By Christos Meliopoulos – Nicosia
Turkish Prime Minister Erdogan has sent chills down the spine of Cypriots and Greeks by reminding everyone in no uncertain terms what he really thinks of Cyprus, even now that the effort to bring all involved parties to the reunification talks table is well under way.
“There is no country called Cyprus,” Recep Tayyip Erdogan told a stunned audience in Poland. He spoke of a “local administration in southern Cyprus” disputing the EU decision to accept the island as a member country.
He also pointed to the presence of the UN peacekeeping force, saying that “absolutely no country within the EU should be facing security problems”, concluding that the Cypriot entry was down to political reasons. Mr Erdogan conveniently omitted any reference to his country’s role in creating and preserving this security problem.
Apart from the dismay and official responses coming from Nicosia and Athens, Mr Erdogan got told off by a Turkish commentator writing in Yeni Düzen newspaper. The article with the title “A country called Cyprus” states the obvious: “If he says there is no country called Cyprus, then he should be asked what he is doing there. ‘In a country called Cyprus, what business do 40,000 of your soldiers have? Why is your flag flying in every corner? Who are you to say, when the Varosha issue comes up, as if you were the owner of the land that you would not give an inch of it back?’”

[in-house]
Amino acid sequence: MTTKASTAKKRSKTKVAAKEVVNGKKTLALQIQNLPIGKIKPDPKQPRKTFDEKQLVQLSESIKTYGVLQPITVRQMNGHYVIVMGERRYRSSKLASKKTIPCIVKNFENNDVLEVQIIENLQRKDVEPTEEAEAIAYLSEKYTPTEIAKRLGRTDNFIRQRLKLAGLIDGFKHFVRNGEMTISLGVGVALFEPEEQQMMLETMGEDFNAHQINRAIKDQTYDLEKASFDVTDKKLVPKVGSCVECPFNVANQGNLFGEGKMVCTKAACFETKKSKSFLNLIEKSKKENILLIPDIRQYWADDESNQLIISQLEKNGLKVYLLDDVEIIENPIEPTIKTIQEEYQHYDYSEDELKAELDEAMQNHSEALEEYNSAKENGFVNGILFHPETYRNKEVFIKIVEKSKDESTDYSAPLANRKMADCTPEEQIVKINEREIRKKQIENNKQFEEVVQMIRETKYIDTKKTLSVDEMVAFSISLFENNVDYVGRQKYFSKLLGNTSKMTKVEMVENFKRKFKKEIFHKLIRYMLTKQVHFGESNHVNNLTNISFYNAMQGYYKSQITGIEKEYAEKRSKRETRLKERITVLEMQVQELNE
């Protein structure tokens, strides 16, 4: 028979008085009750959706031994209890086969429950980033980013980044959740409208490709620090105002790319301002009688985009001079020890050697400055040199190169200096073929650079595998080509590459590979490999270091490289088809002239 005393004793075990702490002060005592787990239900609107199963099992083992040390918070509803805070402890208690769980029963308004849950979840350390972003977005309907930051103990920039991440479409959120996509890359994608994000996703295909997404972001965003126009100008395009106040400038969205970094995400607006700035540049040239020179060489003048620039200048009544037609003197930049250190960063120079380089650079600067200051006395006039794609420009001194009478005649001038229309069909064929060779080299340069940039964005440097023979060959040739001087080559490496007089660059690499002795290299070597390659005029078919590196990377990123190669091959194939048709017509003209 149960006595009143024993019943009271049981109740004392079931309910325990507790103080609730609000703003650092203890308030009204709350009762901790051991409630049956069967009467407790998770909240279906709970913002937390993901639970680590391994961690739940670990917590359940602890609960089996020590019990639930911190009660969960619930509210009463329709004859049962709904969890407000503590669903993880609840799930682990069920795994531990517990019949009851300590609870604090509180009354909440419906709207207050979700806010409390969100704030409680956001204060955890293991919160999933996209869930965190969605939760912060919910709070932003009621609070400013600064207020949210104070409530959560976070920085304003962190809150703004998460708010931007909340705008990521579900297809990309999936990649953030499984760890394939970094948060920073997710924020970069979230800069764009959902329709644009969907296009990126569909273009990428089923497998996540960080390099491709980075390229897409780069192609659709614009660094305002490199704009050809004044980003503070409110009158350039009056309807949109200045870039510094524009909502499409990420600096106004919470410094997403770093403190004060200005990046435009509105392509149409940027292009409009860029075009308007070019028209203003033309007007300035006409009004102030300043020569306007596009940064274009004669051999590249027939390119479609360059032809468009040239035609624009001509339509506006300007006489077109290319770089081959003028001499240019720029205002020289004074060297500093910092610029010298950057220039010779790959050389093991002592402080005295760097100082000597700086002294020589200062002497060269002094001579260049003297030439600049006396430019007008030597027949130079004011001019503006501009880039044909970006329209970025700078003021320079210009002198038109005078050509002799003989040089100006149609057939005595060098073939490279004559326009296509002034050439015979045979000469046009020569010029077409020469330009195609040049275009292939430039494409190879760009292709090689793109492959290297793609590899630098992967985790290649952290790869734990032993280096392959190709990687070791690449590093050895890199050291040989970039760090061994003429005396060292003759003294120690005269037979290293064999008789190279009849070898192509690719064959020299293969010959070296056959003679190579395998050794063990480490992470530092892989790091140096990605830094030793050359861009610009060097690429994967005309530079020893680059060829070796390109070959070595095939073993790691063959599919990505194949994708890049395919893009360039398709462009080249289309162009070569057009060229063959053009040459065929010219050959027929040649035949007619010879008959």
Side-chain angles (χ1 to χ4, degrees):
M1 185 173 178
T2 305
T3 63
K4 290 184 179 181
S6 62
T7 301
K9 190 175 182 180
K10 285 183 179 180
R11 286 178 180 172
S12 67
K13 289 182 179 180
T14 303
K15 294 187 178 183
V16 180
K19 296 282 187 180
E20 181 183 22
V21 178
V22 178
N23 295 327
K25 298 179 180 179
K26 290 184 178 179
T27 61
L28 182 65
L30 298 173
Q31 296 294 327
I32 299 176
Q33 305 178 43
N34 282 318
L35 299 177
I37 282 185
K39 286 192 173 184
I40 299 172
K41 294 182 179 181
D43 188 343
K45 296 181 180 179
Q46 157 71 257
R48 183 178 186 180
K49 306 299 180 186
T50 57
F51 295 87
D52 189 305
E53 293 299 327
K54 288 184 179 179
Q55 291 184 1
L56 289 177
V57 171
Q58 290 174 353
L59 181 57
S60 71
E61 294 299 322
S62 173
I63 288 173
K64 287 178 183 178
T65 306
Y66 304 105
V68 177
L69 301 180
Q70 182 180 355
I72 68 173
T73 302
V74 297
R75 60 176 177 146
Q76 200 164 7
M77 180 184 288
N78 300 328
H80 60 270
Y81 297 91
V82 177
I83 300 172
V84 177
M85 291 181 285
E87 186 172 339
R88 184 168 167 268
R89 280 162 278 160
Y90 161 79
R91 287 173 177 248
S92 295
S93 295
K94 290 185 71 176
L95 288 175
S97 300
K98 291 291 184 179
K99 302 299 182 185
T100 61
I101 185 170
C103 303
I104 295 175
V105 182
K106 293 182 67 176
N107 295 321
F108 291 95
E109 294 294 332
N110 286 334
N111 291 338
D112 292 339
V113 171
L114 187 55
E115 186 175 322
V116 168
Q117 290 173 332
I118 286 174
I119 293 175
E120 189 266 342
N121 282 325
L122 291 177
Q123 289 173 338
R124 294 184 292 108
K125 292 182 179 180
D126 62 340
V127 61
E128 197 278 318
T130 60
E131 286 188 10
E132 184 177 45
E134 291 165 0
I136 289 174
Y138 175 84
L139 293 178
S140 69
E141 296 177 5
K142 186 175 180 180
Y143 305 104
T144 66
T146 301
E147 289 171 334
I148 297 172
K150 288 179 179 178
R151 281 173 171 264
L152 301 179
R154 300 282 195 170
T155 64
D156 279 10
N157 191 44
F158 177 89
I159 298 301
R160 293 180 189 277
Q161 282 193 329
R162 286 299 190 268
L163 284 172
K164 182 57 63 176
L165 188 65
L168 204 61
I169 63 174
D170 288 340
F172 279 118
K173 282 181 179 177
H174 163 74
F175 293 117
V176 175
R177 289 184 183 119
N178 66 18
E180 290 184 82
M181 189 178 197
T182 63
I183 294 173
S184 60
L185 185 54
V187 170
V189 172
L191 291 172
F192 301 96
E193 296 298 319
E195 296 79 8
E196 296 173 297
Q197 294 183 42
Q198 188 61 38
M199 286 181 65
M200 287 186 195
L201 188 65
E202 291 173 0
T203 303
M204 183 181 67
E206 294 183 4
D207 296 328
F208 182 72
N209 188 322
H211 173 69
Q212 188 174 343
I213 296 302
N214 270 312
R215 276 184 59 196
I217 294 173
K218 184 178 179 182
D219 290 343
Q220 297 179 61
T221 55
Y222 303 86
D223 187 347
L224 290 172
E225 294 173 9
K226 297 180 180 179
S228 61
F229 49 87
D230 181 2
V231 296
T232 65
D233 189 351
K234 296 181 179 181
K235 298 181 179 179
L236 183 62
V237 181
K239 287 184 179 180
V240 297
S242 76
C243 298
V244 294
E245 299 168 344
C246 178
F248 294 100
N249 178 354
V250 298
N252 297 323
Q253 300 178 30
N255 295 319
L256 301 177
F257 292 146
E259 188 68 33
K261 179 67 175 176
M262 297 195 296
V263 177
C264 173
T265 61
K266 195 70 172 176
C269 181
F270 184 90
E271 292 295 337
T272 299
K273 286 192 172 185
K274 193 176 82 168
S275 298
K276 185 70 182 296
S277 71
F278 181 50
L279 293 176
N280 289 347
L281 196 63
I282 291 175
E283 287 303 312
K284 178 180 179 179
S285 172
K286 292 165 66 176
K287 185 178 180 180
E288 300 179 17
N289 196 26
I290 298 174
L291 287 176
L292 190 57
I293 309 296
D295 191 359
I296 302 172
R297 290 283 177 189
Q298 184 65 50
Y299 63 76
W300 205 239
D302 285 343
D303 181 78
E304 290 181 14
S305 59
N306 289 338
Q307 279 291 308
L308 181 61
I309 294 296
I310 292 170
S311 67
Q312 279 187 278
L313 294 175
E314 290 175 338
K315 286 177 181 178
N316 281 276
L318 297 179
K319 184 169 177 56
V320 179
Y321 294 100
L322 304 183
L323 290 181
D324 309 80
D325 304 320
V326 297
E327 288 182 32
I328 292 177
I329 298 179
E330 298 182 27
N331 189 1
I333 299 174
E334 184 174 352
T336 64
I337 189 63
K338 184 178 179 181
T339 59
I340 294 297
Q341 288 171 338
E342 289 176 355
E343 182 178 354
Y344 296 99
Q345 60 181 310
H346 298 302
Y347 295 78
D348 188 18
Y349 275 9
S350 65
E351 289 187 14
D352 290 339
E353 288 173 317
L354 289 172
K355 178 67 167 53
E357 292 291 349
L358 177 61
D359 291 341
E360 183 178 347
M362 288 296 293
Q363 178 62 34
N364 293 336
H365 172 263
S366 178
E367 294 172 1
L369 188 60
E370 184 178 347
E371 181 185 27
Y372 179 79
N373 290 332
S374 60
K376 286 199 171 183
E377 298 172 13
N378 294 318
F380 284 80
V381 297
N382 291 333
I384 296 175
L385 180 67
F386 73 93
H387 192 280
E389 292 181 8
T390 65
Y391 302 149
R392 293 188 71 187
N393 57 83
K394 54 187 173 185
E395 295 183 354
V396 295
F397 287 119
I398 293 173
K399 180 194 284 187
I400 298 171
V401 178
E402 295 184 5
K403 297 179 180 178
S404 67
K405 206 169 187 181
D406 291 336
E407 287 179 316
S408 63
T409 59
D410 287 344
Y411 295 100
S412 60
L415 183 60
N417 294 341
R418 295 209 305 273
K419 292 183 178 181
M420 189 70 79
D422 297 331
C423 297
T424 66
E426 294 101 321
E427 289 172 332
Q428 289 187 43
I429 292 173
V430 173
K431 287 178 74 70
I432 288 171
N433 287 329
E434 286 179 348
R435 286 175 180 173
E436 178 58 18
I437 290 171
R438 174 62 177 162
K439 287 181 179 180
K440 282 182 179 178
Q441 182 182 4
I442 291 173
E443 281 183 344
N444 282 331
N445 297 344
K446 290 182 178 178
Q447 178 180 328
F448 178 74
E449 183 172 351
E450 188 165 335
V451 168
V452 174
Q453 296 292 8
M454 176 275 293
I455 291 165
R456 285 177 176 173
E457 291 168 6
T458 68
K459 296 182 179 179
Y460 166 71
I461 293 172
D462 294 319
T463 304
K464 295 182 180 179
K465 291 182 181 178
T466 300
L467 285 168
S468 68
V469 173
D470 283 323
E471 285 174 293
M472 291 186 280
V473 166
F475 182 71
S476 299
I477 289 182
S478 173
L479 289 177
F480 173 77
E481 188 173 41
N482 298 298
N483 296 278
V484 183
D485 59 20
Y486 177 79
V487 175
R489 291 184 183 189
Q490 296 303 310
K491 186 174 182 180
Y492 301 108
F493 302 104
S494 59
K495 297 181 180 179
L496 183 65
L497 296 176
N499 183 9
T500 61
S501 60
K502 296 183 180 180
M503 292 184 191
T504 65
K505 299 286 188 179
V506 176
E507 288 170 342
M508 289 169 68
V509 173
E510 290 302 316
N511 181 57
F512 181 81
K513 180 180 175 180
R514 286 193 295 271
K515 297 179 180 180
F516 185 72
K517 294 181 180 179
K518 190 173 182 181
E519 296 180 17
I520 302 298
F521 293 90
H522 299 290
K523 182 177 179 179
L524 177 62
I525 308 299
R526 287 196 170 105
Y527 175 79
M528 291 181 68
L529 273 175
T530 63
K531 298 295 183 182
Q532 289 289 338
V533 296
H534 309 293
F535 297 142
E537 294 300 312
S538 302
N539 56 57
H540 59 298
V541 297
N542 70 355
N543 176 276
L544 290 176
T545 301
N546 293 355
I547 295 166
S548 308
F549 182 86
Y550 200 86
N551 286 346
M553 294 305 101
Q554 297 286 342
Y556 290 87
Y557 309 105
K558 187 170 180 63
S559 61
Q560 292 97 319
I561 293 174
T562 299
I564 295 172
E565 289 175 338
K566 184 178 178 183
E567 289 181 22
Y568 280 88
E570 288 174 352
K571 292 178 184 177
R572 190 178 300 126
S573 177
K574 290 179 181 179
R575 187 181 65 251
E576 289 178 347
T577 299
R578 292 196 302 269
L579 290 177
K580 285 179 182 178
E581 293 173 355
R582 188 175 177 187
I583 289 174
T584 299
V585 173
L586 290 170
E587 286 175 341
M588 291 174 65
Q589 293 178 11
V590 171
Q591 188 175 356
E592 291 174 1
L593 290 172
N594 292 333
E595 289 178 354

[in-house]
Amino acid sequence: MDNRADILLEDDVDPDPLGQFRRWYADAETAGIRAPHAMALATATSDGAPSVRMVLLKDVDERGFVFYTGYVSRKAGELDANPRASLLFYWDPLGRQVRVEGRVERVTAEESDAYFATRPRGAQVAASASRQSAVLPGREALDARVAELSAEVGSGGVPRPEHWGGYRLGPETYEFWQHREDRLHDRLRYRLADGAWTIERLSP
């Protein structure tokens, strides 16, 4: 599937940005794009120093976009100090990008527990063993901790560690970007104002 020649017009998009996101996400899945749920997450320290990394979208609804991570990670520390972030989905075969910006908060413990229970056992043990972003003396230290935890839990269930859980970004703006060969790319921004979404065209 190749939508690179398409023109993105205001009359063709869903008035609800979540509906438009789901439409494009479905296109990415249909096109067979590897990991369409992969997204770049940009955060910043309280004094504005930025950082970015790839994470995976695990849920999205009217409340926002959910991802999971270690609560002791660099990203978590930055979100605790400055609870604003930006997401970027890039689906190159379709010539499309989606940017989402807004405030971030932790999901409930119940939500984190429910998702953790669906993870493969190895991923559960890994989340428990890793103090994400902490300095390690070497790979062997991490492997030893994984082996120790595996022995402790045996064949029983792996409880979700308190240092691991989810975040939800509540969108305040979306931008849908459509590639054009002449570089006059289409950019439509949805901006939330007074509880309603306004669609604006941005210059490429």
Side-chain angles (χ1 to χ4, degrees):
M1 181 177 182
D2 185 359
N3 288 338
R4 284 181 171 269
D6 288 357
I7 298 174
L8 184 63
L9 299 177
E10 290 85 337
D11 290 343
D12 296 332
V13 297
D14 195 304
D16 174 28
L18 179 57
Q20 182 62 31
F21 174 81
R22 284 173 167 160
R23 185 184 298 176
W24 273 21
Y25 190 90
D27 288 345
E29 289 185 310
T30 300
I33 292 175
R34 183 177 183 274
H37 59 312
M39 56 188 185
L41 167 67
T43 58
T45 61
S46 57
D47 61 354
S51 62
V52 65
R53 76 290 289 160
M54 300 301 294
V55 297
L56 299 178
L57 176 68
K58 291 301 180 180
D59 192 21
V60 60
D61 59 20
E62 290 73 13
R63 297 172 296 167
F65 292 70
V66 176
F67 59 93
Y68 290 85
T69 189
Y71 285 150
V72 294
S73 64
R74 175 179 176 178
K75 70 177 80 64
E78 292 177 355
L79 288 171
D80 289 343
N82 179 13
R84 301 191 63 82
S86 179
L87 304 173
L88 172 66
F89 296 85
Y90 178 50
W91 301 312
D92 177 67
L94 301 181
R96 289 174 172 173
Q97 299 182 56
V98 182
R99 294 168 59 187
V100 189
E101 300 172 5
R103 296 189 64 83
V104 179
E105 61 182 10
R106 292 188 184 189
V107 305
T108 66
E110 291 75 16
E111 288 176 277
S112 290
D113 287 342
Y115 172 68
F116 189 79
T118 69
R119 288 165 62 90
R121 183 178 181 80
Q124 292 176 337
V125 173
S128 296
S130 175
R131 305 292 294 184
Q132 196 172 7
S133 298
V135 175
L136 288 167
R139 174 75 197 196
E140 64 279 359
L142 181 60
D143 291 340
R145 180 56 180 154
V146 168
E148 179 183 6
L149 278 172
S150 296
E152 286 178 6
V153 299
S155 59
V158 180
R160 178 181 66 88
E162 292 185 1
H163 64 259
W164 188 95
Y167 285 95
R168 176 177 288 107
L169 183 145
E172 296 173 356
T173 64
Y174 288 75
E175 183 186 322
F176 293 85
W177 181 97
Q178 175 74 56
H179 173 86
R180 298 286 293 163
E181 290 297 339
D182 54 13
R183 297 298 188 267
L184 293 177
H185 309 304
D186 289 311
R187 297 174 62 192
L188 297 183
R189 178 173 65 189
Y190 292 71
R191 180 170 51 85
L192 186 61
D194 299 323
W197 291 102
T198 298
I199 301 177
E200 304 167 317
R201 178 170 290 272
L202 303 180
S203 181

The same article also predicts that Turkey will resort to intense diplomatic activity with the aim of upgrading the pseudo-state of the north once the current “last experiment” with the settlement negotiations expires, sometime around March. This prediction was soon echoed by another Turkish newspaper which referred to an alternative Turkish Plan B. This plan is said to be based on a two-state solution scenario, which for many Cypriot commentators actually makes it Turkey’s Plan A.
In the meantime, the leader of the Turkish Cypriots Dervis Eroglu said that on his side’s agenda the solution is based on creating a bizonal, bicommunal partnership state based on political equality. He avoided the question on the Plan B and he laid the bare the chasm between the two sides by saying that he doesn’t consider a joint statement with President Anastasiades as necessary for their talks to start. He also rejected the Cypriot president’s recent personal criticism of him, essentially accusing Mr Anastasiades of lack of respect.
No wonder then that the initial expectations and secret hopes over the new reunification process have started to wane in Cyprus. Nevertheless, the two negotiators, Andreas Mavrogiannis and Osman Ertug, carry on with their duties, which seem all the more heavy in these last few weeks since they seem to be trying to bridge an ever widening gap.